Are 'ADHD' and 'Mistakes' Synonymous?

And how should one handle "you should be able to do better than this?"

Posted Dec 11, 2015

Having ADHD is all about being inconsistent and making more than your fair share of mistakes.  As a child that might mean doing your homework but leaving it at home because you forgot to put it into your backpack or making social 'errors' because you have trouble reading non-verbal cues.  Adults might zone out and drive past interstate exits, put their car keys in the fridge, forget to do that task they promised they would do, and much more.

The issue, though, isn't about making the mistakes in the first place.  The issue is how a person with ADHD handles the 'fact' of his or her inconsistencies.  Many adults who know they have ADHD have only been recently diagnosed — in fact some estimate that almost 90% of adults with ADHD are still undiagnosed.  These adults grew up, therefore, in a world of 'you should be able to do better than this' without understanding what was getting in their way.  Trying harder — the way that the non-ADHD majority handles reducing the number of mistakes they make — turned out to be almost impossible to sustain. The chronic distraction, poor planning and insufficient time management skills they struggled with due to their ADHD would eventually reassert their dominance without the treatment these adults didn't know they needed.

How did the typical person with ADHD handle all of these mistakes that never seemed to slow down?  Over time, the result was very low self-esteem for many adults with ADHD.  If they made so many 'stupid' mistakes that others didn't seem to make, the thinking went that they just couldn't measure up to their peers.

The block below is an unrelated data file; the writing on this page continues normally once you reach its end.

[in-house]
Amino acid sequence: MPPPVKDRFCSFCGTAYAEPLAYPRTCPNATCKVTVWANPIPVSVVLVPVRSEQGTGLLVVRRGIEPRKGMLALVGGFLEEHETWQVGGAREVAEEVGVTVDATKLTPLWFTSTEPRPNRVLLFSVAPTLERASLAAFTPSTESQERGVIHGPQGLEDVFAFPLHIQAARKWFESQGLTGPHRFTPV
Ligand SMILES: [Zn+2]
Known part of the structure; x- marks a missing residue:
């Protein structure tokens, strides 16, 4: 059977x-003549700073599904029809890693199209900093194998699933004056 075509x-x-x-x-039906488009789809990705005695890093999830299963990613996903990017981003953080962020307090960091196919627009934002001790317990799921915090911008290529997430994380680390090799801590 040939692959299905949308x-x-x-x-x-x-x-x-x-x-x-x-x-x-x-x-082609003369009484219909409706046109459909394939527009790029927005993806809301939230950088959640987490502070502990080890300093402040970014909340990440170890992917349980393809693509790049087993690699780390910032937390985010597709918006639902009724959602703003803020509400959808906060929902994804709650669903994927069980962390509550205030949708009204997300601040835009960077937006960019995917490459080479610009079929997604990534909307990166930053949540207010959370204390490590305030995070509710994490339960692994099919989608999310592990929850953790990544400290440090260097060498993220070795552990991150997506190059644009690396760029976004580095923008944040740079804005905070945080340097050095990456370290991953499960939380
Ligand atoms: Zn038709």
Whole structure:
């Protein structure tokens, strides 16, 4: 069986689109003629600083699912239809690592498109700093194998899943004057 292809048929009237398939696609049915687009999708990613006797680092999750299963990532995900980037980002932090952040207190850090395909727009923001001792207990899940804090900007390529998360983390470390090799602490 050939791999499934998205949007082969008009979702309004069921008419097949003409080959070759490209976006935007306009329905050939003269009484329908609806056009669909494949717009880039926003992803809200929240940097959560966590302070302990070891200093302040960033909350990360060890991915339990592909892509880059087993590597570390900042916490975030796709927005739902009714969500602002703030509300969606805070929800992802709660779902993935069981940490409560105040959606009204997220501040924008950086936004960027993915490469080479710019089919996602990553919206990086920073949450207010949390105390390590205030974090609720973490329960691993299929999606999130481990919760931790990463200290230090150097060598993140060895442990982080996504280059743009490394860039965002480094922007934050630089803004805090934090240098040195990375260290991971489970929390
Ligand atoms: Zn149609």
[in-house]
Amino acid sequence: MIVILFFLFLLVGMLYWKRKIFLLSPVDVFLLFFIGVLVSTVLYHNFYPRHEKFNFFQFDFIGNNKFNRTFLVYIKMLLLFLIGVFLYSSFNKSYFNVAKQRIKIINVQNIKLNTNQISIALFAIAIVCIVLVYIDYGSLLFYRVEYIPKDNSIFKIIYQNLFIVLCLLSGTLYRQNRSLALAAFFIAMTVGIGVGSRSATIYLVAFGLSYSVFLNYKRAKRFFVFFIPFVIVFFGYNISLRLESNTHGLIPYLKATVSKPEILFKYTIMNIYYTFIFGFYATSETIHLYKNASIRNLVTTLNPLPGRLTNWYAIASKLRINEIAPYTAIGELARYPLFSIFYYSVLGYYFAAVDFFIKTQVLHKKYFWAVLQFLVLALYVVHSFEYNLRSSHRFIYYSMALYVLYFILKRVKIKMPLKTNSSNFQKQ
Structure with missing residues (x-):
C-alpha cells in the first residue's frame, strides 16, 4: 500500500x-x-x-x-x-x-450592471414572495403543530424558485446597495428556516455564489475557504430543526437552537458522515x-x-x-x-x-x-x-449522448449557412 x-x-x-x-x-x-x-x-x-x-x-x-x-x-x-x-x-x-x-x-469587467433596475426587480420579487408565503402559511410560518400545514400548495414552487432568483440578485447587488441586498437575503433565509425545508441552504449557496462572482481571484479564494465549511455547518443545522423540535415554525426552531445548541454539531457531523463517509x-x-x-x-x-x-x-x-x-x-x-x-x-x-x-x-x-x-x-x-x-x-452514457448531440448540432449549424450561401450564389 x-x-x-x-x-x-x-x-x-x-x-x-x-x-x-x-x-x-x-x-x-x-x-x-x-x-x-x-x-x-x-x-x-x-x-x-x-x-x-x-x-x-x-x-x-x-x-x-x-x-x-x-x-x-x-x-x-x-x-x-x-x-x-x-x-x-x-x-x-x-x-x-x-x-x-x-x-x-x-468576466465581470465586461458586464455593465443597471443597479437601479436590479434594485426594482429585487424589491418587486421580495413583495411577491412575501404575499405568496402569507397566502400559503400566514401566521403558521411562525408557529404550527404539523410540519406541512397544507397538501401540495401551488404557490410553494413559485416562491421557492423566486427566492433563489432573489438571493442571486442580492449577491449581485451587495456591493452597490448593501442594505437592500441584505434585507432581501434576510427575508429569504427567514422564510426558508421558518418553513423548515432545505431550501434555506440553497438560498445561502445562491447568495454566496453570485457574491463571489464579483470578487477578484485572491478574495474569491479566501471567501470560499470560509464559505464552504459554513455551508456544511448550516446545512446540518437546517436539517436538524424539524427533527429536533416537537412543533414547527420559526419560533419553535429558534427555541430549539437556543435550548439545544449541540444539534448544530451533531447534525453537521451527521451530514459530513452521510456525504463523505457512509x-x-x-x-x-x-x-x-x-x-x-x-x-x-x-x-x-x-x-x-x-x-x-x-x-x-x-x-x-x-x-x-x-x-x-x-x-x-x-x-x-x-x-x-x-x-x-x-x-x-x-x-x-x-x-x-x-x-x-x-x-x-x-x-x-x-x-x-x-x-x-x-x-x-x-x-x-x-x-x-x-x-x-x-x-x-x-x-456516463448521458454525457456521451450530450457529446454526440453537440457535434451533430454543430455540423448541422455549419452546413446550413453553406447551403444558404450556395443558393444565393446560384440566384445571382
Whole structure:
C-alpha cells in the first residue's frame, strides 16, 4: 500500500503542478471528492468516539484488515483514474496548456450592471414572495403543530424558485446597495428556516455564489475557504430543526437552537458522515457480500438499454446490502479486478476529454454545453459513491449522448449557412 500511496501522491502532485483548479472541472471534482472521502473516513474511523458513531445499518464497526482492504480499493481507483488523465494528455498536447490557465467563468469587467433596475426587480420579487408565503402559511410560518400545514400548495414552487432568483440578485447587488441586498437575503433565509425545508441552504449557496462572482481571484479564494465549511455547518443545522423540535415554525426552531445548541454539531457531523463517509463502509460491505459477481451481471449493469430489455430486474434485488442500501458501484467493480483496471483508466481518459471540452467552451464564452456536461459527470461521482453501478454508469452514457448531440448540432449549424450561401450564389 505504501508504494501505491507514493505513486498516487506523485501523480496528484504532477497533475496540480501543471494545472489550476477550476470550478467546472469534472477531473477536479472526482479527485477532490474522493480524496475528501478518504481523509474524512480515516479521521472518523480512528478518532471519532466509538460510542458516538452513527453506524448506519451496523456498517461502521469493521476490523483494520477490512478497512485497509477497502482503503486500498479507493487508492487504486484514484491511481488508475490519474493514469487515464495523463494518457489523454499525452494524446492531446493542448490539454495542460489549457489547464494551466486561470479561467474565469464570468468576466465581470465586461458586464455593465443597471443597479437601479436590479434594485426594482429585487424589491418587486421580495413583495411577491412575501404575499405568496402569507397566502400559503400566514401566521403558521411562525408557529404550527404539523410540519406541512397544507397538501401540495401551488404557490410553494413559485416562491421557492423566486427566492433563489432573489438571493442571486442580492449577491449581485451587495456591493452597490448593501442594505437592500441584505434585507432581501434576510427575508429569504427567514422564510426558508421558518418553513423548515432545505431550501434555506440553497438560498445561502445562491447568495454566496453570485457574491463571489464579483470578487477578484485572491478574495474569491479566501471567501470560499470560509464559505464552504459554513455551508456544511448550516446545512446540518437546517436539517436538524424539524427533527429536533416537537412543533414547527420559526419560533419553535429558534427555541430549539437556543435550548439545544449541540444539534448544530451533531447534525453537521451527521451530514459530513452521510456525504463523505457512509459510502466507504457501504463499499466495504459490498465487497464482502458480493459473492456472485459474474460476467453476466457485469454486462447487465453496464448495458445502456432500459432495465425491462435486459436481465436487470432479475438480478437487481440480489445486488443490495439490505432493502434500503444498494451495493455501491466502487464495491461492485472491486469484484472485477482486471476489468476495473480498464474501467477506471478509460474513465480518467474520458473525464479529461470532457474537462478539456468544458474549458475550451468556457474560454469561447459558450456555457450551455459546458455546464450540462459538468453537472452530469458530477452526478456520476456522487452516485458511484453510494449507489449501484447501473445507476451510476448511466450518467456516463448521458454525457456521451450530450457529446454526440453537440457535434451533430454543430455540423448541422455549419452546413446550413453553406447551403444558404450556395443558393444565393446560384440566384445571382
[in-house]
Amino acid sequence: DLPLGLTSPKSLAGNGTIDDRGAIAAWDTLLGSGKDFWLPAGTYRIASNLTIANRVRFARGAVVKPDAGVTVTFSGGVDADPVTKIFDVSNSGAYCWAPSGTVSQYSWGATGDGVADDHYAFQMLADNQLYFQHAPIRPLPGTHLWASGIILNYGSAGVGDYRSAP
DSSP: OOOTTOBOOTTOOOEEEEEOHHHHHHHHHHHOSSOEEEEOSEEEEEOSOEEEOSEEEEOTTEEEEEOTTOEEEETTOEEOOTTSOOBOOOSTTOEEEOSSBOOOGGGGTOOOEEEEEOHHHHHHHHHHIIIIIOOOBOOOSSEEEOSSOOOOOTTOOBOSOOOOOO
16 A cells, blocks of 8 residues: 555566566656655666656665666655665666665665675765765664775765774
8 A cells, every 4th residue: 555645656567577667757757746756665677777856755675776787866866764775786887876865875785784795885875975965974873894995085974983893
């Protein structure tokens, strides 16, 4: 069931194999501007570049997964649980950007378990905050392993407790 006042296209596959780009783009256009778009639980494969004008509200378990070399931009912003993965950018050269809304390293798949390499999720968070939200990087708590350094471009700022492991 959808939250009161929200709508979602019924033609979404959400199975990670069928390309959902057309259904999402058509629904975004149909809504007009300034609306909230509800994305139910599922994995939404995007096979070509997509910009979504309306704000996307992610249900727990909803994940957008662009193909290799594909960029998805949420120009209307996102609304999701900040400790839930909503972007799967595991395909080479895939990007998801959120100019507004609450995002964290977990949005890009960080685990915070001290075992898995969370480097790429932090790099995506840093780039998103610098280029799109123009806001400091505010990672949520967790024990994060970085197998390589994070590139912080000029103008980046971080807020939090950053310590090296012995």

A diagnosis of ADHD — if you have it — is a marvelous and wonderful thing.  Not only is ADHD one of the most treatable mental health issues out there, the ADHD diagnosis provides a reason for all the inconsistency and poor follow through.  Mistakes will still get made, but now the ADHD adult can understand why this is happening, as well as learn about tools that actually work for lessening mistakes when you have ADHD.  'Trying harder' doesn't work well for those with ADHD, but 'trying differently' in ways known to work for people with ADHD, does.  Reminders, external structures, mindfulness training, treatment to improve focus, exercise, and more can play an important role in improving consistency.

So if an adult with ADHD either doesn't know about the ADHD, or sees an ADHD diagnosis as an excuse for continuing on as he or she always has, then 'ADHD' and 'mistakes' will continue to go hand-in-hand.  But those who understand that ADHD is a reason for things that disturbed them in the past, but not an excuse to continue, will find that there are now many tools to help them become more consistent.

As it turns out, ADHD and 'mistakes' do not need to go hand in hand, after all.